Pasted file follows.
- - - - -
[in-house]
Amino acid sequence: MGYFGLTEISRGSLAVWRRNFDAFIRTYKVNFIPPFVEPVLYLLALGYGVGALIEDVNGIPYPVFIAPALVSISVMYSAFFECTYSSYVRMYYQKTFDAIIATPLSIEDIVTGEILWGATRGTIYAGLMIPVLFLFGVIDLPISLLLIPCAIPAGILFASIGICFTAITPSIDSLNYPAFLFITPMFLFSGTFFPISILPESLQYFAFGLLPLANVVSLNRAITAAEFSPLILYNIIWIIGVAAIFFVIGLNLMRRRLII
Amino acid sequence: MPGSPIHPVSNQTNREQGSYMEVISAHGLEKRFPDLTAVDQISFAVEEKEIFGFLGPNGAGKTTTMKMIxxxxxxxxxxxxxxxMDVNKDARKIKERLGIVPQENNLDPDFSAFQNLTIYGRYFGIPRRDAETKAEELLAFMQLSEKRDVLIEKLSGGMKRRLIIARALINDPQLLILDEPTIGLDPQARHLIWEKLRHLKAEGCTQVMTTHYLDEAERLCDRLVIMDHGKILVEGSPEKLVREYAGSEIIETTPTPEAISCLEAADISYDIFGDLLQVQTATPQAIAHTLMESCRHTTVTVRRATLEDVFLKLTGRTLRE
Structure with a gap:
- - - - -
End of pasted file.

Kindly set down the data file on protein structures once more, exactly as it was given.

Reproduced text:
[in-house]
Amino acid sequence: MGYFGLTEISRGSLAVWRRNFDAFIRTYKVNFIPPFVEPVLYLLALGYGVGALIEDVNGIPYPVFIAPALVSISVMYSAFFECTYSSYVRMYYQKTFDAIIATPLSIEDIVTGEILWGATRGTIYAGLMIPVLFLFGVIDLPISLLLIPCAIPAGILFASIGICFTAITPSIDSLNYPAFLFITPMFLFSGTFFPISILPESLQYFAFGLLPLANVVSLNRAITAAEFSPLILYNIIWIIGVAAIFFVIGLNLMRRRLII
Amino acid sequence: MPGSPIHPVSNQTNREQGSYMEVISAHGLEKRFPDLTAVDQISFAVEEKEIFGFLGPNGAGKTTTMKMIxxxxxxxxxxxxxxxMDVNKDARKIKERLGIVPQENNLDPDFSAFQNLTIYGRYFGIPRRDAETKAEELLAFMQLSEKRDVLIEKLSGGMKRRLIIARALINDPQLLILDEPTIGLDPQARHLIWEKLRHLKAEGCTQVMTTHYLDEAERLCDRLVIMDHGKILVEGSPEKLVREYAGSEIIETTPTPEAISCLEAADISYDIFGDLLQVQTATPQAIAHTLMESCRHTTVTVRRATLEDVFLKLTGRTLRE
Structure with a gap: